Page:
Disclosure: I worked for the Lamont campaign doing web design and production and some writing for the official blog (from 9/5/06 to 11/07/06).

Wednesday, July 05, 2006


Running Out Of Friends

In the wake of Hillary Clinton's statement that she would honor the decision of Connecticut Democrats and support the winner of the primary, it is becoming increasingly clear that Lieberman's pseudo-defection from the party on Monday was the last straw for a lot of his remaining supporters.

Of course, Joe has never had the support of Connecticut progressives. And during the Bush years he has completely lost the support of mainstream rank-and-file Democrats both in CT and nationwide, who booed him during the 2004 presidential primaries and helped him to a Joementous 5th place finish in New Hampshire. Aside from Republicans, his power base has been reduced to D.C. Democratic party insiders and national and local media. And that is what is now starting to crumble.

Listen closely to CNN's John King and tell me Joe's "friends" Harry Reid and Chuck Schumer aren't supremely pissed about the situation their colleague is putting them in:

KING: You say a petitioning Democratic candidate, but as you know, you would be on the ballot as unaffiliated. I want you to help me through the positions you have put some of your friends in. The leadership, Chuck Schumer, who runs the Democratic senatorial committee, Harry Reid, who of course is the Democratic leader -— they are supporting you in the primary.

Listen to Donna Brazile with King on CNN and tell me the rest of Lieberman's insider "friends" in D.C. aren't feeling the same way:

KING: ...But what if Ned Lamont wins? Should Harry Reid and Chuck Schumer go to Connecticut and campaign for the Democrat? Should they give him millions of dollars to campaign against a Joe Lieberman on the ballot? Do they have an obligation to support the Democratic candidate that way, not just with a piece of paper that says, "He's our nominee"?

BRAZILE: I believe they do have an obligation.

...Joe would have helped himself today, I believe, if he would have announced that he was going to run as a Democrat and he was going to win as a Democrat in August. This complicates situations for Mr. Reid and Mr. Schumer and others.

I am not complicated. I am a Democrat.

As for the media, listen to stories like this one from Colin McEnroe and tell me Joe's "friends" in the local CT press don't feel like he's giving them the middle finger:

Here is how [Lieberman campaign manager Sean Smith] concluded an email to a local TV reporter: "“If you distort the truth and report that we are running a negative campaign and Ned is not, I will not forget it."”

And listen to words like these from Christine Stuart at CT News Junkie and tell me he hasn't personally pissed off a lot of those same "friends" by giving scoops to his D.C. buddies instead of them:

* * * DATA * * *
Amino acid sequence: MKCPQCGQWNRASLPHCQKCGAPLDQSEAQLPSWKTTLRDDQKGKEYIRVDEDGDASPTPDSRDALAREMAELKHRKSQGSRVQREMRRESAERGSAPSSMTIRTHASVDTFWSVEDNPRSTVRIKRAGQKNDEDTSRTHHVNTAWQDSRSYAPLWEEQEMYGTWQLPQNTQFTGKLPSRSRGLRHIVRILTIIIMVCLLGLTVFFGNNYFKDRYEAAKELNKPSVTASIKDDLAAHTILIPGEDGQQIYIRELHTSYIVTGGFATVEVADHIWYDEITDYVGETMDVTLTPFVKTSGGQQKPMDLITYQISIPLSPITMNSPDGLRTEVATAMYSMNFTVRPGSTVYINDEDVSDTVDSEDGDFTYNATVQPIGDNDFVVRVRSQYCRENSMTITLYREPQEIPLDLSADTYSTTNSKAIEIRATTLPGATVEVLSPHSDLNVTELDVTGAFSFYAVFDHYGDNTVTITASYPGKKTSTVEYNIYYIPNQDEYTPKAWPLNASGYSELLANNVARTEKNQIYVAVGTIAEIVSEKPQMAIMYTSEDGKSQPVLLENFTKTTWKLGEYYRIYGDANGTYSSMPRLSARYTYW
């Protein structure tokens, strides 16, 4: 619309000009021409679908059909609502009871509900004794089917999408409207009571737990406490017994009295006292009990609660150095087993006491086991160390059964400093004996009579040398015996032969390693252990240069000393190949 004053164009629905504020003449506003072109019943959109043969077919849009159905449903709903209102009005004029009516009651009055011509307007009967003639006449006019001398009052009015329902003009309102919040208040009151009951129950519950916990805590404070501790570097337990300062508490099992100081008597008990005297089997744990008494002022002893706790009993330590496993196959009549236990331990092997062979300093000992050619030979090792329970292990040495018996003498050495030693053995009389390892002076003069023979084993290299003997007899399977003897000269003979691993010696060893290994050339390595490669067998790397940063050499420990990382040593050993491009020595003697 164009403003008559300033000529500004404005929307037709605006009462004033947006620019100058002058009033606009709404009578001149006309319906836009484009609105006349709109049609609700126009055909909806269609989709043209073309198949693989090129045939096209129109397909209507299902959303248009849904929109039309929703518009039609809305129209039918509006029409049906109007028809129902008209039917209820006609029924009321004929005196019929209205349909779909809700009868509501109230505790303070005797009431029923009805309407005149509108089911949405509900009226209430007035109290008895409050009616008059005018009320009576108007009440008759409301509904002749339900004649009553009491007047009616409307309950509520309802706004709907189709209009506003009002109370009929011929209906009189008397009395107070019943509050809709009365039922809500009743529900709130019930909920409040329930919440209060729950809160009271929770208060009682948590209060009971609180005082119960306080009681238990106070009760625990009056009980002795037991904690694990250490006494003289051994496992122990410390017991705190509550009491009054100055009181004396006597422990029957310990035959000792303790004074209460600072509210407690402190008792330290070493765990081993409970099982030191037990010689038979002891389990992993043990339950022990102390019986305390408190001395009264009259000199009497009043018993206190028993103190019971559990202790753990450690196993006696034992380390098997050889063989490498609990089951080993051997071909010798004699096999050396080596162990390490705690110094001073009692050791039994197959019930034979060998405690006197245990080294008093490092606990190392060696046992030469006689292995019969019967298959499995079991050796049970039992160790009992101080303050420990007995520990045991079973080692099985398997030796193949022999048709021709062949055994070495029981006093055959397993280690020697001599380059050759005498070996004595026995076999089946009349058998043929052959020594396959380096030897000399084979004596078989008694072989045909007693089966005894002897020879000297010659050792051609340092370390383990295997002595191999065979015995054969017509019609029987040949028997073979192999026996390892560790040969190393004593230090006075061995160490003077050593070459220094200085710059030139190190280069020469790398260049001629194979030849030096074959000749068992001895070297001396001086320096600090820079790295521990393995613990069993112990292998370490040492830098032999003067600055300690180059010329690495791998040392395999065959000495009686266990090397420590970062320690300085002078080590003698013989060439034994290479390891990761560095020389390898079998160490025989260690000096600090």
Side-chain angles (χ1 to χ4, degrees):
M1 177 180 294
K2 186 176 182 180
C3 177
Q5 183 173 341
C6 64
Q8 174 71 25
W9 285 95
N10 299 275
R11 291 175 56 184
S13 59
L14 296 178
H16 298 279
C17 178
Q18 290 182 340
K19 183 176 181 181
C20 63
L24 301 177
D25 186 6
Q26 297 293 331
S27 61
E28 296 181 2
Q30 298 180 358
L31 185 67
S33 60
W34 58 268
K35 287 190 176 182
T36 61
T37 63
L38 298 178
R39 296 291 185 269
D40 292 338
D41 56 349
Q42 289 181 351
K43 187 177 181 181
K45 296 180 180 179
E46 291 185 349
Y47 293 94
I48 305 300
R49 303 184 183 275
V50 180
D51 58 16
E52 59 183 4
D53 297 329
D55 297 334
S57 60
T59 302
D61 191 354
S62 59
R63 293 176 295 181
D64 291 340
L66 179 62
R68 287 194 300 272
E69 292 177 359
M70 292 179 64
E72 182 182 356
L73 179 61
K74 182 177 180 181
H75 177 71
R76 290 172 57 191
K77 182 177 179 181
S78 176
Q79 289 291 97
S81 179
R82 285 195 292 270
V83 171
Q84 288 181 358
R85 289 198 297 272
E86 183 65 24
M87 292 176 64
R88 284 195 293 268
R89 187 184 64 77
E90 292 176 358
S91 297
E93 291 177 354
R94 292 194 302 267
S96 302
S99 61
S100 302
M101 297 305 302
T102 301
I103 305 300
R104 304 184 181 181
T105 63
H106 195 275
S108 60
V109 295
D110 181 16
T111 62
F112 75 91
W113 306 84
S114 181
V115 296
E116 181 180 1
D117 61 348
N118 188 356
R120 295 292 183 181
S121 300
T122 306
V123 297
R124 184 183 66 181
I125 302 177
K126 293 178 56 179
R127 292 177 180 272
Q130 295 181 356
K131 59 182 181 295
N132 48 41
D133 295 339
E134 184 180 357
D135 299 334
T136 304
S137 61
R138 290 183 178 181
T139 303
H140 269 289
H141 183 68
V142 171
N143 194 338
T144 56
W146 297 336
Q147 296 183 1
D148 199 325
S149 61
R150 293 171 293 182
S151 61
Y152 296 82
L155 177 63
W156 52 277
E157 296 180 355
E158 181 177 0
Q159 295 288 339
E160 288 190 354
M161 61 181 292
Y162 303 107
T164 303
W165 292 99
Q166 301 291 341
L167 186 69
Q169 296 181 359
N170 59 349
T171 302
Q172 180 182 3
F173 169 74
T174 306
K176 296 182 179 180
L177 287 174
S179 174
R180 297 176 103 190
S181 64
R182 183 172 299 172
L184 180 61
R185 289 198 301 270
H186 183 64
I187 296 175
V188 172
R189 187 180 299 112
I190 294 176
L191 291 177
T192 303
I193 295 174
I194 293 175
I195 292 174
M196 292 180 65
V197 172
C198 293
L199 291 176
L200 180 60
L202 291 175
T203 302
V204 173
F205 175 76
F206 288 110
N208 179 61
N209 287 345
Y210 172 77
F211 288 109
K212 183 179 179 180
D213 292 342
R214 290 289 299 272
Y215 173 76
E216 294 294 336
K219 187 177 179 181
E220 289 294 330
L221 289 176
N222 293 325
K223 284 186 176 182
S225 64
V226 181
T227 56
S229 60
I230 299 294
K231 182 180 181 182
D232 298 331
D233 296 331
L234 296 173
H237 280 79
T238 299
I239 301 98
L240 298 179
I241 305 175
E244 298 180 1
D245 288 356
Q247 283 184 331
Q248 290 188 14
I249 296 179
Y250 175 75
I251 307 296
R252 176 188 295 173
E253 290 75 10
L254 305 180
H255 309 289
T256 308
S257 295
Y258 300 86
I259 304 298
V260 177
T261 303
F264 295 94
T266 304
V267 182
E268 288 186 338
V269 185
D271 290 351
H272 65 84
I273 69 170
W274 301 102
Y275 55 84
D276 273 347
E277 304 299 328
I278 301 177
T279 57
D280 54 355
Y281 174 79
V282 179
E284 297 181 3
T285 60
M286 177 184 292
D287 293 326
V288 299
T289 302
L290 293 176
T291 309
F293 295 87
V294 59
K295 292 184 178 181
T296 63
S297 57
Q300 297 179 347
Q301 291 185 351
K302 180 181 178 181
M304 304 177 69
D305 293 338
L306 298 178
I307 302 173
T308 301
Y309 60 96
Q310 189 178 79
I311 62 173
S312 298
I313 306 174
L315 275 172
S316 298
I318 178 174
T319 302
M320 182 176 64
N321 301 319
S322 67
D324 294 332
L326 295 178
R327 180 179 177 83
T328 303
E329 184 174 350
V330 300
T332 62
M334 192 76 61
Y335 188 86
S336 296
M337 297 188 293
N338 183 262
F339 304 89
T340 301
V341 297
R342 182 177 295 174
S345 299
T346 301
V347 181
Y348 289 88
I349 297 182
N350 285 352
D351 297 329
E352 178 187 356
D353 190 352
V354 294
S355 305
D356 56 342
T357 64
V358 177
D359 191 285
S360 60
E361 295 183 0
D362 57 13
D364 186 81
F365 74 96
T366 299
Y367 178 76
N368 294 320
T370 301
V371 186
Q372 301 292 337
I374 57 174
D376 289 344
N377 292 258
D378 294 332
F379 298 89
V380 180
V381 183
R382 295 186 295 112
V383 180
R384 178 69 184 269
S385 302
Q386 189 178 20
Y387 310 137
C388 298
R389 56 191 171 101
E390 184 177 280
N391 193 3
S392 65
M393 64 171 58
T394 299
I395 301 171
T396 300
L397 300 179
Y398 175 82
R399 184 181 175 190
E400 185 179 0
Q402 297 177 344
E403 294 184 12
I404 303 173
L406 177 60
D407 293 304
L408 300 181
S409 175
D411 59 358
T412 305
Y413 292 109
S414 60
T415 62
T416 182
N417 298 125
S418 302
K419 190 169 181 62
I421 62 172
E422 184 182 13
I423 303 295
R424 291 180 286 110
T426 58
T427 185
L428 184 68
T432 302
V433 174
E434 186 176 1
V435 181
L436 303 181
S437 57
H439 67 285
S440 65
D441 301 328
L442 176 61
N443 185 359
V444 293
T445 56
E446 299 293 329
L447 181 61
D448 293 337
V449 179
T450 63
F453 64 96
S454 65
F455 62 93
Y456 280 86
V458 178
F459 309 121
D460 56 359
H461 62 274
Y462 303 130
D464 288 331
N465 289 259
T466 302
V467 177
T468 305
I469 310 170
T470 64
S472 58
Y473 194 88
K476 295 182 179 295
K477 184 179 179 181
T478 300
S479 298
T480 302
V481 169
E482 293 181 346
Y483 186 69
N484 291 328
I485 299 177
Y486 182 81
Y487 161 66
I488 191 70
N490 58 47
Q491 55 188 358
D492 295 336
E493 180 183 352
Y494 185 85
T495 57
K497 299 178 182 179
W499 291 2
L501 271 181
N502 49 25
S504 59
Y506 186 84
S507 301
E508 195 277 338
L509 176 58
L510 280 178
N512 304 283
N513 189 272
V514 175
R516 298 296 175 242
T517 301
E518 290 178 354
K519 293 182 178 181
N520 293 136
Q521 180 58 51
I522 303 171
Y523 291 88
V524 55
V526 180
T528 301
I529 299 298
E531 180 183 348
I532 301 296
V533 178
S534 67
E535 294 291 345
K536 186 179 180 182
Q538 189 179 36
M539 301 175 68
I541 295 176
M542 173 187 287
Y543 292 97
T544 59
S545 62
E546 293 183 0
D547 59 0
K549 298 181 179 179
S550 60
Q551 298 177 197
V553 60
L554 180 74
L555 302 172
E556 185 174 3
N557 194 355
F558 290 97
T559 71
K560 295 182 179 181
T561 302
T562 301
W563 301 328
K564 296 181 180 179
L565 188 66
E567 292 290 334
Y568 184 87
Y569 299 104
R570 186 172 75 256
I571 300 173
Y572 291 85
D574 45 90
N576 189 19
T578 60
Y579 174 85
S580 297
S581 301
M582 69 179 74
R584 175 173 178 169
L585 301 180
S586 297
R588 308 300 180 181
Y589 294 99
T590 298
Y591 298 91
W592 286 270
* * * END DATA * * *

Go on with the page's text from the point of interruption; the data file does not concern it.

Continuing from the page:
Lieberman said he got the message about the petitions out "quickly and early"“, but for the local media who have hounded him over the issue for about two months now today'’s announcement seemed like an eternity. It also came as a slap in the face, since Lieberman told The Cook Report, a national newsletter, more than a week ago that he would run as an independent.

Then look at Hillary's statement in this context, from one of the most careful (to a fault, certainly) politicians in either party. Who put her own name on the line sending out a mailer to convention delegates touting Joe's Democratic credentials.

Joe's remaining friends are turning against him by the hour, because he's treating them like garbage. All because he's too personally weak to even withstand a little primary challenge.

Oh well. At least he'll always have Hannity.
Here's something no one has noticed that seems very strange to me. Chuck Schumer and Lieberman have a deep disagreement about campaign strategy.

Schumer says he won't speculate about whether he will support whoever wins the Democratic primary in Connecticut because even to talk about this would undermine Lieberman's candidacy. "I support Lieberman and he's going to win," he says.

But that's not how Lieberman himself sees it! He's not afraid of "undermining his candidacy" by speculating on what happens if he loses. He's out there getting signatures so he can run if he loses.

The disagreement over campaing strategy reveals the deeper disturbing point they both agree on. Both are willing to sacrifice important principles to keep Lieberman in the Senate. Loyalty to the Democratic Party and respect for the will of the party's voters in Connecticut's primary - these mean nothing to either man.

It is obvious that Schumer is trying to duck the fundamental issue. And it is clear he cares more about helping Lieberman than respecting the will of the Democratic voters of Connecticut. That's wrong for someone in his position. He needs to say he will support whoever wins, even if it is not his friend.

If he doesn't - let's Chuck Schmer!
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